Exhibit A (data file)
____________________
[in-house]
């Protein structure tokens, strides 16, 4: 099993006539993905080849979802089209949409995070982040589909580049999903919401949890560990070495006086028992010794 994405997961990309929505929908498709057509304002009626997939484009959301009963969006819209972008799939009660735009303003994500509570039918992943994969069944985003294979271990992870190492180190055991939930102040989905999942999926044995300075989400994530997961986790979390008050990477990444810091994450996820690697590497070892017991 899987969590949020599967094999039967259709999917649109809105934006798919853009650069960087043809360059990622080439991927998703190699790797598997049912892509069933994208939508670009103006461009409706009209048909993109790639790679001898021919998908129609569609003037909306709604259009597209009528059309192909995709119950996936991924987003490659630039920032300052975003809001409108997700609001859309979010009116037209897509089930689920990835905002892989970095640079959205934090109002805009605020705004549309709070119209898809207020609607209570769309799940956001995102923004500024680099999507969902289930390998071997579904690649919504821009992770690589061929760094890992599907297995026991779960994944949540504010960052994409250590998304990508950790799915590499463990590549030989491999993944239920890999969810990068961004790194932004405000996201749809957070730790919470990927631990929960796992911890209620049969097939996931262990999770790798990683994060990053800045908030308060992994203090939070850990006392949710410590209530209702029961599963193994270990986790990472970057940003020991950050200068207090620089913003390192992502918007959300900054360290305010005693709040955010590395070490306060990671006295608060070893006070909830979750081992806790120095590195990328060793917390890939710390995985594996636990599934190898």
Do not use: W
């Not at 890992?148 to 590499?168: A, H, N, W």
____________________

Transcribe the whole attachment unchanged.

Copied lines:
[in-house]
């Protein structure tokens, strides 16, 4: 099993006539993905080849979802089209949409995070982040589909580049999903919401949890560990070495006086028992010794 994405997961990309929505929908498709057509304002009626997939484009959301009963969006819209972008799939009660735009303003994500509570039918992943994969069944985003294979271990992870190492180190055991939930102040989905999942999926044995300075989400994530997961986790979390008050990477990444810091994450996820690697590497070892017991 899987969590949020599967094999039967259709999917649109809105934006798919853009650069960087043809360059990622080439991927998703190699790797598997049912892509069933994208939508670009103006461009409706009209048909993109790639790679001898021919998908129609569609003037909306709604259009597209009528059309192909995709119950996936991924987003490659630039920032300052975003809001409108997700609001859309979010009116037209897509089930689920990835905002892989970095640079959205934090109002805009605020705004549309709070119209898809207020609607209570769309799940956001995102923004500024680099999507969902289930390998071997579904690649919504821009992770690589061929760094890992599907297995026991779960994944949540504010960052994409250590998304990508950790799915590499463990590549030989491999993944239920890999969810990068961004790194932004405000996201749809957070730790919470990927631990929960796992911890209620049969097939996931262990999770790798990683994060990053800045908030308060992994203090939070850990006392949710410590209530209702029961599963193994270990986790990472970057940003020991950050200068207090620089913003390192992502918007959300900054360290305010005693709040955010590395070490306060990671006295608060070893006070909830979750081992806790120095590195990328060793917390890939710390995985594996636990599934190898």
Do not use: W
């Not at 890992?148 to 590499?168: A, H, N, W």